After accepting the plan various other characteristics, relative to the anatomy, for implantation may be determined. For example, a location of the soft tissue surrounding the implantation site may be determined in block 180 and a location of entry may be determined in block 182. Although it will be understood that the determination of a location or contour of the soft tissue in block 180 and the location of an entry point termination in block 182 is not necessary, such determinations may be useful in the implantation procedure.

Determining a location of the soft tissue relative to the implantation area may include dragging an instrument over a surface or determining a plurality of points of a surface of the soft tissue surrounding the implant area, such as the spine, relative to the first, second, and third members, using a selected probe. In an example, the probe 246 (FIG. 11A) may be interconnected with the navigation computer 24 or may be detected with a detector 22 such that a contour of the soft tissue relative to the implantation area of the first, second, and third members may be determined. The contour determination may be performed by providing a probe that may be touched to the skins surface in a plurality of points to determine a contour of the soft tissue. Once the contour of the soft tissue is determined, a specific location for entry of the fourth member may be determined and selected in block 182.

The contour of the soft tissue may be determined such that the navigation computer 24 may assist in selecting an entry point for the fourth member to assist in implanting the fourth member relative to the first, second, and third members, or any appropriate number of members. As described herein, this may assist the user in insuring a substantially easy implantation in alignment of the first, second, and third members during the implantation of the fourth member.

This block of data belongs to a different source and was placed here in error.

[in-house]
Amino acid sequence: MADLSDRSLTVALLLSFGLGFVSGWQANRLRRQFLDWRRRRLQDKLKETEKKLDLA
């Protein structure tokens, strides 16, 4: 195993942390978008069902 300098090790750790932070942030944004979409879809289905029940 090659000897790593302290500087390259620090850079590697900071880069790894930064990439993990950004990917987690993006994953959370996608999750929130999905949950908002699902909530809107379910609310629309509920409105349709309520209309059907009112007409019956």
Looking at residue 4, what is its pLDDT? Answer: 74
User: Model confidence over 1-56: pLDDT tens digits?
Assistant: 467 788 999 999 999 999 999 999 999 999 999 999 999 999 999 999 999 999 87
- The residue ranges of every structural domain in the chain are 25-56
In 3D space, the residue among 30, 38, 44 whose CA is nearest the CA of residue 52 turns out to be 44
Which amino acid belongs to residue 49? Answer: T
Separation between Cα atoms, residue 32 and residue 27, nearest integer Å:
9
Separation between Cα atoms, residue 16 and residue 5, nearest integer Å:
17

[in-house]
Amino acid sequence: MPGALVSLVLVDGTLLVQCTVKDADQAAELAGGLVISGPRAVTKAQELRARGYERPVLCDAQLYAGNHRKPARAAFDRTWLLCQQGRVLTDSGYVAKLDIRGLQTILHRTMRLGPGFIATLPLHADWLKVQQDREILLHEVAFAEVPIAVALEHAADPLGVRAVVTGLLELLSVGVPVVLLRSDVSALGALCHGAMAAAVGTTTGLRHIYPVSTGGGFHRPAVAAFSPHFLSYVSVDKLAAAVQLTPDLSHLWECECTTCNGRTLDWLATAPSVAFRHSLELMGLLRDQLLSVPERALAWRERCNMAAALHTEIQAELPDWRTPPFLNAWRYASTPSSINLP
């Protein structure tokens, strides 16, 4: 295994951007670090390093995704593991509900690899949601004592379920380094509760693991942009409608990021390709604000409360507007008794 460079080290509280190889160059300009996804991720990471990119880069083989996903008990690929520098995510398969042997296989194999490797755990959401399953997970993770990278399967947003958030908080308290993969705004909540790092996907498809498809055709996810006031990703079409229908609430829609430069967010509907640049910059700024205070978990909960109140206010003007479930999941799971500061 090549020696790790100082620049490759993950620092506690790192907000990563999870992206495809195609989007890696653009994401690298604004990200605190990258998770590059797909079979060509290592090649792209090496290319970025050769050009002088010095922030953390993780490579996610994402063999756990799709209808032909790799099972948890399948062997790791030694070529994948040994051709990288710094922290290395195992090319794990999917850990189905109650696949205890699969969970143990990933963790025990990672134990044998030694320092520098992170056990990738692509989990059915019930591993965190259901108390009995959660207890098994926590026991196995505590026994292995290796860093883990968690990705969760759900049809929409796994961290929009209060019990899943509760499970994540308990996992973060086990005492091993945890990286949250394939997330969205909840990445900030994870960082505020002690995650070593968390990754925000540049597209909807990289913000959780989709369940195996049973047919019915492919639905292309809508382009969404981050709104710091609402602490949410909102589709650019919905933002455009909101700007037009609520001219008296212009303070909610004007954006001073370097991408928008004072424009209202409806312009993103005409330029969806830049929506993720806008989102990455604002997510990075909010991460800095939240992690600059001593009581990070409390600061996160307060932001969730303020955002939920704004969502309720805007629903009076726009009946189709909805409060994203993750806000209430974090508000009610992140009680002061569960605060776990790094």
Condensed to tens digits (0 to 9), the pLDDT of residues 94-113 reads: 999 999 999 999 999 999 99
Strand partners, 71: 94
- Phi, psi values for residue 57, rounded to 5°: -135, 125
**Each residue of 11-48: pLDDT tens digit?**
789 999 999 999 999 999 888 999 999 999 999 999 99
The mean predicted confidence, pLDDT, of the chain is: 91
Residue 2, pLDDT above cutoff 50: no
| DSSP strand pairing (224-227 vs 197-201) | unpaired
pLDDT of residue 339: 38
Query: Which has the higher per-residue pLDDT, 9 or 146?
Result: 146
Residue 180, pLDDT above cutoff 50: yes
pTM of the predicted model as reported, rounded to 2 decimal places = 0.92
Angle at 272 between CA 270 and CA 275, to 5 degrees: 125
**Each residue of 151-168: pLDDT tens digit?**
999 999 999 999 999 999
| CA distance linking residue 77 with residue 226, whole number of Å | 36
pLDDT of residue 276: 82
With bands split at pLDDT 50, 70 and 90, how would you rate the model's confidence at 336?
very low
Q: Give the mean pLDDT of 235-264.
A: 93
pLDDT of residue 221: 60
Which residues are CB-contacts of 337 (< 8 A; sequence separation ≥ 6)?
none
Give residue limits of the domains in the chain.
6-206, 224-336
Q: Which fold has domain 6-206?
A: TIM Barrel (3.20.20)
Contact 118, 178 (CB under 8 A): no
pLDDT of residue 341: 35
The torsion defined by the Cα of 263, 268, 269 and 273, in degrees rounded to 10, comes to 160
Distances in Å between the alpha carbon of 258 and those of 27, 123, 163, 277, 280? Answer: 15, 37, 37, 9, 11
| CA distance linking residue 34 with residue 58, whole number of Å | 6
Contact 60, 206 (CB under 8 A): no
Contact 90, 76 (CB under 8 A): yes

Also, the location of other appropriate soft tissues, such as tendons or ligaments, may be known and used to assist in providing information to the navigation computer to balance the sheer forces of the construct relative to the soft tissue after the implantation of the construct. Therefore, the navigation computer 24, or a user, may determine or input a location of the soft tissue, position of the soft tissue, or position of a soft tissue implant, to provide a selected tension, stress, or other forces, on the construct. For example, it may be desirable to balance the forces among each of the portions of the construct, and positioning soft tissue or knowing the position of the soft tissue may assist in such balancing.